However, the main thing for me was how much Arwa fights against her Amithri blood and heritage, because she has been brought up to think it is tainted and foul. And the deeper she delves into this secret heritage and uses it as she attempts to help Zahir and the “heir” side they are meant to be helping, the more she realises that it was just convenient lies to trap her, and limit her, to rob her of who she is and could be.

That was a stunning thing to read as she moves through her anger and then fear and everything that comes as they desperately want to save the Empire (and how much she is conflicted internally as she finds that what the Imperial family wants isn’t the same as what is best for the Empire).

It is also a book full of court (empire in this case) politics, the complexity of families and relationships in general, and the power of hope. It is about identity, and about loss and grief (we already established books with grief in them are kinda my thing). And it is incredibly powerful.

As such, the book is hard to review without spoilers because it is so good but also to explain it in detail would be to rob those of the discovery and delight of it. All I can do is let you know that I loved it, and I will read anything Tasha writes because I need to, she has my readership through and through.

Book Review

Written in the Stars Review

This year I’ve been reading a lot more Own Voices books and trying to preorder more of those. So here is one. I have to say this review requires some Content Warning:

TW/CW: The book touches on forced marriage and the difficulties that happen around it. So it is brutal but good.

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Written in the Stars by Aisha Saeed

This heart-wrenching novel explores what it is like to be thrust into an unwanted marriage. Has Naila’s fate been written in the stars? Or can she still make her own destiny?

Naila’s conservative immigrant parents have always said the same thing: She may choose what to study, how to wear her hair, and what to be when she grows up—but they will choose her husband. Following their cultural tradition, they will plan an arranged marriage for her. And until then, dating—even friendship with a boy—is forbidden. When Naila breaks their rule by falling in love with Saif, her parents are livid. Convinced she has forgotten who she truly is, they travel to Pakistan to visit relatives and explore their roots. But Naila’s vacation turns into a nightmare when she learns that plans have changed—her parents have found her a husband and they want her to marry him, now! Despite her greatest efforts, Naila is aghast to find herself cut off from everything and everyone she once knew. Her only hope of escape is Saif . . . if he can find her before it’s too late.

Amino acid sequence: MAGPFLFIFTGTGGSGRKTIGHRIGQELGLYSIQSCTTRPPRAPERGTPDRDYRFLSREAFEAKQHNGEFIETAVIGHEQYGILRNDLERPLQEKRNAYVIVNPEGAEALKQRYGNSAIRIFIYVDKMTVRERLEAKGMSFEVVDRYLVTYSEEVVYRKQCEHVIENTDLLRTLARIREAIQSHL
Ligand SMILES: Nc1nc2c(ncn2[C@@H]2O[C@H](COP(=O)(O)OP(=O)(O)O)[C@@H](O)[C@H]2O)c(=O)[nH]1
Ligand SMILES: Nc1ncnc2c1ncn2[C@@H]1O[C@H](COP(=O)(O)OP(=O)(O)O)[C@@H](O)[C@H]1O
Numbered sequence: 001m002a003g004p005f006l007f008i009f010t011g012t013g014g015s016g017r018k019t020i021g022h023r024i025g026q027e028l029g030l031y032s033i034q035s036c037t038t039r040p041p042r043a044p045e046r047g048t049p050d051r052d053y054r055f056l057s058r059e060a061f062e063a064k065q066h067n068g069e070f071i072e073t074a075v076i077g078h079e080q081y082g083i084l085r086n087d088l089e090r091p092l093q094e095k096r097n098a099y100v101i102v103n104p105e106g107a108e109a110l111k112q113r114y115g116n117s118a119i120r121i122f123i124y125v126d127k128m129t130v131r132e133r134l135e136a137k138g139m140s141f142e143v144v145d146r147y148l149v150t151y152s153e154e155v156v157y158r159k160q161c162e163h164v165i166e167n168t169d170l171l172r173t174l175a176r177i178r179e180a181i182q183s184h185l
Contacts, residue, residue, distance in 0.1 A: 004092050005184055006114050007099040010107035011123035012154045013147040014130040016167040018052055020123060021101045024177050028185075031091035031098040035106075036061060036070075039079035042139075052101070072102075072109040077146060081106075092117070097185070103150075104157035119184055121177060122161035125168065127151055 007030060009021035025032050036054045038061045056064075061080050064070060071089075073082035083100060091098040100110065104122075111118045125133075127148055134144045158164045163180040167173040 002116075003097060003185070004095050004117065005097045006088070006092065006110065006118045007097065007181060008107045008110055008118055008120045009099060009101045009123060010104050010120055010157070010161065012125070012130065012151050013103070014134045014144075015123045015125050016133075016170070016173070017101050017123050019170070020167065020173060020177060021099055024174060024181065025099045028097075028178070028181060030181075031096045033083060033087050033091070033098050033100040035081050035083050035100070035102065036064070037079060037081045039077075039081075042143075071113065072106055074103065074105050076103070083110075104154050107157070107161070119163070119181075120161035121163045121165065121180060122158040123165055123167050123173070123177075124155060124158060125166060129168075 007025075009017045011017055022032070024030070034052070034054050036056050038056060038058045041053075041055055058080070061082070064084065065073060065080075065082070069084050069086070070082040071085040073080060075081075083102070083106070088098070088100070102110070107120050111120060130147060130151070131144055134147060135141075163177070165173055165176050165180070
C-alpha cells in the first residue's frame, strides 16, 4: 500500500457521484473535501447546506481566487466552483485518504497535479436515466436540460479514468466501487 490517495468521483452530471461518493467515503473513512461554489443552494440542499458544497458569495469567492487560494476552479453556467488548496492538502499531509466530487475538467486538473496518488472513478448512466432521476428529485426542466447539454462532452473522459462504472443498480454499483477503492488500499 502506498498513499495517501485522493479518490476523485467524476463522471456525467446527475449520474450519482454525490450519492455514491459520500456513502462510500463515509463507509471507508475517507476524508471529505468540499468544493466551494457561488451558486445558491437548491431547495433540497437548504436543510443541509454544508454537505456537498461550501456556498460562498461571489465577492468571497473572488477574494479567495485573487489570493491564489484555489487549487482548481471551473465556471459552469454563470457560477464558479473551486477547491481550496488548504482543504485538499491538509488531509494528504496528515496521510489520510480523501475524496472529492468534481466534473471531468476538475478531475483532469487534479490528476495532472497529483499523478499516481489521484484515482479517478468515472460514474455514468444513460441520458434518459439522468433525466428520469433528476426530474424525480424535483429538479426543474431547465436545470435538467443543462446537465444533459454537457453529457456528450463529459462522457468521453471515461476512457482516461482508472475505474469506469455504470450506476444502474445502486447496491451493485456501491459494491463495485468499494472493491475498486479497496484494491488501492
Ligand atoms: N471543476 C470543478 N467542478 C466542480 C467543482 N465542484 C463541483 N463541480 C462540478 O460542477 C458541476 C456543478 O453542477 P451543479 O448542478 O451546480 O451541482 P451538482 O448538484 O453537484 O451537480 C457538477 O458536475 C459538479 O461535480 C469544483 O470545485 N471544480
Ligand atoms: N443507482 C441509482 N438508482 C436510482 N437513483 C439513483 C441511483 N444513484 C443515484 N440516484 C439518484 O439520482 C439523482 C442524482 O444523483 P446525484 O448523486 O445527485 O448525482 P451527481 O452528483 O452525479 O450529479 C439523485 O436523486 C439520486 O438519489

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This is a difficult book, you know how some fantasy authors justify the violence in their fantasy made up world by saying it was like this in medieval ages and shenanigangs like that? Well, in this particular book, it is not making it up, this is the reality for some women in the world.

Naila’s story is an extreme one, where a trip to pay for being found to have a boyfriend against her parents wishes, turns into a never ending nightmare that translates into loosing her college entrance times and having ehr trip prolonged over and over. The reason being a forced marriage that she doesn’t want.

But the story doesn’t end when she marries, but rather it follows her and it was sad, cringey and brutal but also powerful and full of wonderful quotes that I kept wanting to frame somewhere (check out Goodreads, they have some good ones there).

I do have to say, it was difficult to read for me, but it was also kinda therapeutic and it was good.

Moon recommends

If you can, to give this book a chance and maybe check my previous reviews since I have been reviewing books that touch on hard topics like Making Faces or Always Forever Maybe.